Suddenly, the Spotlight’s on Me

Wei-Liang Lin learned to overcome the jitters arising from an assignment as a nonnative-English-speaking teacher of a diverse class of adults in the United States. See Ulla Connor’s Out of the Box article, "Fear and Loathing on the Convention Stage," Essential Teacher, December 2006, pp. 22-25.

As a former elementary school English teacher in my native Taiwan, I had never before faced a class like my first one at International House in the United States. With intermediate-level adult students from Japan, Brazil, mainland China, France, Italy, Mexico, Taiwan, and Thailand, the class resembled a small United Nations.

The students had come to the United States for various purposes: to learn the latest technology in their profession, to rejoin family members, or to work as au pairs or study at U.S. universities. With this class, I learned the true meaning of "We are the world," and all in English. The students and I talked, worked, and played games together.The teacher-to-student relationship gradually became a friend-to-friend relationship. The teacher-fronted setting somehow naturally evolved into a collaborative learning experience. All of us, including me, the teacher, came together to learn English.

First-Day Jitters

I had a restless night before the first class as thousands of questions swirled in my mind: Was I really qualified for the class? What would the adult students think of me as a nonnative-English-speaking teacher? Would they beat me up or insult me if I could not answer their questions about English, or would they be easygoing? Fear built within me nearly to the point of absolute panic.

On the first day of class, despite having rehearsed what to say multiple times the night before, I had no idea what I was talking about. My previous students had been nine- to twelve-year-olds; my current students were adults. Adding to my stress was the fact that, for the first time, I needed to use English, my own target language, to teach the class.

As it turned out, my first class went better than I had expected even though I made innumerable blunders in expressing myself and through unconscious actions caused by nervousness. I found that my adult students were very tolerant of me as a nonnative-English-speaking teacher, and their motivation to learn English was so strong that they were highly attentive and well prepared for class. I quickly understood that English was not merely interesting to them but that, here in the United States, it was alive and vital to their daily lives.

Tough Questions

Since the students were diverse in age, motivation for learning English, and cultural background, the challenges in teaching them were quite different from those I had faced in Taiwan. For example, although the students were very nice and cooperative, I had trouble answering their questions about daily life in the United States, especially those associated with culture.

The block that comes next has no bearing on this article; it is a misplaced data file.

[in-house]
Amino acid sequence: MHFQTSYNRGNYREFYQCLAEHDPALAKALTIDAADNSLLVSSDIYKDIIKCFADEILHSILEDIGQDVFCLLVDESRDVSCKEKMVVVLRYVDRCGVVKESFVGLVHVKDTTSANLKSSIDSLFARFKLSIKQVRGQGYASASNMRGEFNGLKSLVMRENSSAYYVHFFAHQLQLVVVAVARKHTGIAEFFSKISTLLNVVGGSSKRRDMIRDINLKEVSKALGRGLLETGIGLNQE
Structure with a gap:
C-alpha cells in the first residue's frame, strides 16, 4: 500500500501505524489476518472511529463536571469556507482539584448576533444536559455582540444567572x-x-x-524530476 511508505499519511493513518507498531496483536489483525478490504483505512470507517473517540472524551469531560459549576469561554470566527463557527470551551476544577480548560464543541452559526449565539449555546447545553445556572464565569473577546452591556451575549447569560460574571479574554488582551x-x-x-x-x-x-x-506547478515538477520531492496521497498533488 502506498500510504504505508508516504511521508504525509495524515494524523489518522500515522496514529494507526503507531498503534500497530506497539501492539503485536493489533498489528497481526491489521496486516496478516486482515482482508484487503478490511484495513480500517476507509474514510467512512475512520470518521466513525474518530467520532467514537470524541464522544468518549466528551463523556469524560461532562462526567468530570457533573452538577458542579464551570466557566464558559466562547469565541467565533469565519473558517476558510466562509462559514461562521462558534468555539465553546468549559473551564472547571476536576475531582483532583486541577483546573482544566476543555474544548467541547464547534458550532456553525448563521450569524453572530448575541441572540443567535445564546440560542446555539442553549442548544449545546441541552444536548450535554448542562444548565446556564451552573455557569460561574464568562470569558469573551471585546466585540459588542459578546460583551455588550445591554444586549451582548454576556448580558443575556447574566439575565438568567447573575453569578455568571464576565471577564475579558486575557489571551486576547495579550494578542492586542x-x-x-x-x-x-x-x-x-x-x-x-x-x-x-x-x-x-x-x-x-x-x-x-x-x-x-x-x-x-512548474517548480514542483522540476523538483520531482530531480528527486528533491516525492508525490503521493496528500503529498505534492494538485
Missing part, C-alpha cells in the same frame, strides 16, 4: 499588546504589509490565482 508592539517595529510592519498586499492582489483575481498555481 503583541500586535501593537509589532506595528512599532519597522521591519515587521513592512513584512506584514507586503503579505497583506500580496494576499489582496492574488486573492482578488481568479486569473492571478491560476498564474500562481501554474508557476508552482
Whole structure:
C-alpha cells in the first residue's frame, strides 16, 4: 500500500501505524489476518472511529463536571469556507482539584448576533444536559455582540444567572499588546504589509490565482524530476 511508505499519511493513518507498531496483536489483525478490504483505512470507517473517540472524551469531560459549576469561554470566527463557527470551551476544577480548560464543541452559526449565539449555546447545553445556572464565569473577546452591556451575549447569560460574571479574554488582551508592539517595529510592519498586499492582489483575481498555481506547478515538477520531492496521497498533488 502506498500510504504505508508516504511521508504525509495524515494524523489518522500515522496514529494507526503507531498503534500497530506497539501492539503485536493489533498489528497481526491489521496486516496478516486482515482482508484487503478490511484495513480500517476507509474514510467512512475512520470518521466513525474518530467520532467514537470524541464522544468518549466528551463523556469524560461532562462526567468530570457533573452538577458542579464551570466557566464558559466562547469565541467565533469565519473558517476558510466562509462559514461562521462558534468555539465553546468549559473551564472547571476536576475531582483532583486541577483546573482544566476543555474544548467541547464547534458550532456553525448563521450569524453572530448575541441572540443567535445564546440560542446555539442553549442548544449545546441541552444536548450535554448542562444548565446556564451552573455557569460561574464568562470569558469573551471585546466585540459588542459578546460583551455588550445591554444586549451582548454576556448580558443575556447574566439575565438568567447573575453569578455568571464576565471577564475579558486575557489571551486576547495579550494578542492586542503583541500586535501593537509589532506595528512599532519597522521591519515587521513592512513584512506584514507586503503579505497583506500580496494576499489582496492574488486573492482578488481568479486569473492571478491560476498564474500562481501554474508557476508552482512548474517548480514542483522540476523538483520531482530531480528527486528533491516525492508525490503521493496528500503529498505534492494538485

Once a student asked why his American friends knocked on the table after making a comment. The dictionary I consulted was no help, and I discovered the answer only after I asked a native speaker I had observed doing something similar. In another instance, my first language took over unconsciously: I used Chinese characters to count off groups of five instead of using the Arabic counting system. I learned that I was expected to teach not only a foreign language completely different from my native tongue, but also an alien culture that I, too, was having trouble coming to grips with.

Before class, one female student liked to ask me about the many examples of informal English she heard on TV or from her native colleagues. This informal language, including slang, idioms, and colloquial expressions, is especially difficult for second language learners despite the linguistic simplicity of its constituents. I always had a dictionary with me to consult, but often the students and I ended up learning this idiomatic English together. In fact, in order to satisfy my students' need to learn more colloquial English, I studied relevant materials every day--more intensively than I did the material for the graduate courses I was enrolled in.

English in Real Time

The focus of the class was not simply on discrete linguistic issues, such as intonation, accent, and pronunciation; instead, the emphasis was on understanding one another. The communicative function of English was central. To help us reach our goal, we often went out together after class to learn English, surrounded by soft music and slightly yet pleasantly intoxicating surroundings. In this way, the students and I helped each other move toward our shared goal: learning the language and learning it well.

Wei-Liang Lin (weiliang@dolphin.upenn.edu) is working on a master's in TESOL at the University of Pennsylvania, in the United States.

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